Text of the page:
Inspired Pairing of the Boosh and Gogol Is a Delight

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FIRST NIGHT GOVERNMENT INSPECTOR Young Vic, SE1 HENRY HITCHINGS IF Nikolai Gogol were alive today, I suspect he might be a fan of The Mighty Boosh. Gogol's chaotic humour and verbal daring chime with that surreal comedy act's anarchic, intricate clowning.

So the casting of Boosh founder Julian Barratt in this new version of Gogol's 1836 play The Government Inspector -- which has here lost its "the", as if to suggest something more timeless and indefinite -- is both tantalizing and inspired.

Barratt plays the mayor of a small town described as "beyond the back of beyond". When news arrives that a government inspector is due to visit, he and the other local worthies panic. Their corruption will surely be uncovered unless they do an incredibly good job of papering over the cracks in their rotten little boondocks.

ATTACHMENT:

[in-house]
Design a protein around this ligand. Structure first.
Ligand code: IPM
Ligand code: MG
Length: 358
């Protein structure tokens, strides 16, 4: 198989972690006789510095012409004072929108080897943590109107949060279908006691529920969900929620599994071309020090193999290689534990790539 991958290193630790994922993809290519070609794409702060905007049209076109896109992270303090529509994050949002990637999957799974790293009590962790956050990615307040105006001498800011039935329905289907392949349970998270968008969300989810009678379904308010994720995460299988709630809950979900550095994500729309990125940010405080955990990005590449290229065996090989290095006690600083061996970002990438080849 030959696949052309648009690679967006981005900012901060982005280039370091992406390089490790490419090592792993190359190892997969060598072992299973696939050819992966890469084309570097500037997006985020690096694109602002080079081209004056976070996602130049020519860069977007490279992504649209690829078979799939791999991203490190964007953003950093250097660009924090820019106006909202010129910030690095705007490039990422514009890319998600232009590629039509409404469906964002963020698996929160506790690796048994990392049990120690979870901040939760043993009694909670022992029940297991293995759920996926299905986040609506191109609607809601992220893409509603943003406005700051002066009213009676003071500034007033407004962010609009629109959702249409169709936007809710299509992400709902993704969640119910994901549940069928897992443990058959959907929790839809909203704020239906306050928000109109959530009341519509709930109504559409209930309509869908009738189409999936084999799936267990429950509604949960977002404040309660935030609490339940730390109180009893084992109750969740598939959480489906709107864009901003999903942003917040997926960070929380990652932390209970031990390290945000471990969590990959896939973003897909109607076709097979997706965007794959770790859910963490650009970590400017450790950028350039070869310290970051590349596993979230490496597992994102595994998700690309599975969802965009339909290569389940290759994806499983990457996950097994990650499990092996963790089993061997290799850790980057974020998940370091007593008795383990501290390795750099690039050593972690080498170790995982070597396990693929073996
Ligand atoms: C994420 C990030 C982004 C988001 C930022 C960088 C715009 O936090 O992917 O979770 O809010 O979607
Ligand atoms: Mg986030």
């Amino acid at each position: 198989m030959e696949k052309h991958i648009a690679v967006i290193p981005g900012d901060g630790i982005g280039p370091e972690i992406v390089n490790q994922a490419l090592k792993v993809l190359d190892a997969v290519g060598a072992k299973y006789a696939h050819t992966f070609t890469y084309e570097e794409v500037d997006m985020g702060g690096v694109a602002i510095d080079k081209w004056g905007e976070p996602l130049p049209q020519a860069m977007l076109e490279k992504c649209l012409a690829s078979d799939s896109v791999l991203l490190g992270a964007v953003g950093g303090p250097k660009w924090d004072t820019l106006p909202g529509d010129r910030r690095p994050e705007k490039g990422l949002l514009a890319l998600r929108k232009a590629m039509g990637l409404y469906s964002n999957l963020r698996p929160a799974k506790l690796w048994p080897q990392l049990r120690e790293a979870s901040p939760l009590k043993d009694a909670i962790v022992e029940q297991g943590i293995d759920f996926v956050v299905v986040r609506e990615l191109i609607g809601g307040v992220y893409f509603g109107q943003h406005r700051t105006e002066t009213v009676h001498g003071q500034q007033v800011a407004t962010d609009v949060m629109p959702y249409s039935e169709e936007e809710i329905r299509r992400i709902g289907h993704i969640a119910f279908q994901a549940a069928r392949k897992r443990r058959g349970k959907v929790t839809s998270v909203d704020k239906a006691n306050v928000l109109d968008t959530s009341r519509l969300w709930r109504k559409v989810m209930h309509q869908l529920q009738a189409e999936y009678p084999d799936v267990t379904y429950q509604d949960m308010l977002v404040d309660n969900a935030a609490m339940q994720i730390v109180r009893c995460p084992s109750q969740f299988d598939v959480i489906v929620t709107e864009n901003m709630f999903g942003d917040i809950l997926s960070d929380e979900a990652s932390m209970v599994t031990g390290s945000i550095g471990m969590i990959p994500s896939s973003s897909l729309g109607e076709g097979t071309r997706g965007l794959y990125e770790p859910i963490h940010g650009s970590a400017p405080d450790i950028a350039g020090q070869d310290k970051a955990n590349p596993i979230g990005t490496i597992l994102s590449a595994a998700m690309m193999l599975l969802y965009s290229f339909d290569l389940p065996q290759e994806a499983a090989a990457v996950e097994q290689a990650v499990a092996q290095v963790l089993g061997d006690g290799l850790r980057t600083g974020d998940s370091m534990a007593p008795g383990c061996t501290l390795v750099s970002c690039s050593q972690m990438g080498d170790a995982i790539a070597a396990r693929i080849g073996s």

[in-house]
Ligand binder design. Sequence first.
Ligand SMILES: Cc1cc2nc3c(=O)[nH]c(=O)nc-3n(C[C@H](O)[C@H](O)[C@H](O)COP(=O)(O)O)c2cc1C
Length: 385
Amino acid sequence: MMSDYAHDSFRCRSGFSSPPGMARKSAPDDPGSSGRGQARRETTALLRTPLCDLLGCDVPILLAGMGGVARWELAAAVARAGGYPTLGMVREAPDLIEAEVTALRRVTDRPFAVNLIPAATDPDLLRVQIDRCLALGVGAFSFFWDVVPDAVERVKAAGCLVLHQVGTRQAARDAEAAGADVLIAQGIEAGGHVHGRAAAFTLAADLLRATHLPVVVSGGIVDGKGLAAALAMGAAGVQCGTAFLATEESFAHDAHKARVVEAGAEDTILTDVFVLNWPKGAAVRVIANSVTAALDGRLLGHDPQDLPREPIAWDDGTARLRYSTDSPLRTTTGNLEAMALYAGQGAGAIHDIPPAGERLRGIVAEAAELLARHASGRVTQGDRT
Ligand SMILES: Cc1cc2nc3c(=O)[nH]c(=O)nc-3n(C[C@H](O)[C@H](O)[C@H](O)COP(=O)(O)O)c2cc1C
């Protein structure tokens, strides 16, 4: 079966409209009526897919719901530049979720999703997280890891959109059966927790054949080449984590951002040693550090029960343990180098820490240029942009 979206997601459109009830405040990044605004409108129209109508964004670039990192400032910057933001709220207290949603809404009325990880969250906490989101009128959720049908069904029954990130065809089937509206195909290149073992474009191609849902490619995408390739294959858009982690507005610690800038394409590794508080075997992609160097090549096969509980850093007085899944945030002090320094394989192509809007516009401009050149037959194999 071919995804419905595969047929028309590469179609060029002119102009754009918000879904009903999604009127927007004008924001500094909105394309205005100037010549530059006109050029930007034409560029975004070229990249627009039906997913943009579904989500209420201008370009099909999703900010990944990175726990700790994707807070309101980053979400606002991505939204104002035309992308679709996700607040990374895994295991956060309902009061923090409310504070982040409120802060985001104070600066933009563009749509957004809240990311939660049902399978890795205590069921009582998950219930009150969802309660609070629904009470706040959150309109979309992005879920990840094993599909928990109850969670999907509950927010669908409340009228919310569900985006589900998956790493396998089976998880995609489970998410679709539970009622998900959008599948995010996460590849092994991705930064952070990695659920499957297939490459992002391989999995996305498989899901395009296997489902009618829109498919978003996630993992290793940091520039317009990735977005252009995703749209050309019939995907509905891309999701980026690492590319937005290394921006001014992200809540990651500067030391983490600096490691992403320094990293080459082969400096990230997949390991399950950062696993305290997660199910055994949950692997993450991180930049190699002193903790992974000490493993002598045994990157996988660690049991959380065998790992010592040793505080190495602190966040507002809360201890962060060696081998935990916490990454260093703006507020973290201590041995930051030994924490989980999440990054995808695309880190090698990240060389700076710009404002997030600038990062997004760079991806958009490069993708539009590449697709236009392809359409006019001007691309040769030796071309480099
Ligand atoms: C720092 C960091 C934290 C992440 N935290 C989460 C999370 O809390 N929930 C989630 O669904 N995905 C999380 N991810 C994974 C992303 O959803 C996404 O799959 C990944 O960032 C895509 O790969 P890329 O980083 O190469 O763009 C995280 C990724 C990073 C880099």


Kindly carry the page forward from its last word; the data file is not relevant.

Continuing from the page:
Sure enough, a glamorous newcomer turns up. Everyone assumes he is the inspector. Teetering on the brink of a collective meltdown, the bureaucrats ply him with drink and stuff his pockets with money. The mayor's pretentious wife (Doon Mackichan) and silly daughter are magnetised by him. But there's one snag: he's in fact just a gambling addict who gleefully milks the ensuing largesse.

Director Richard Jones approaches Gogol's appealing satire in a style that's blissfully bizarre and often thrillingly original. …


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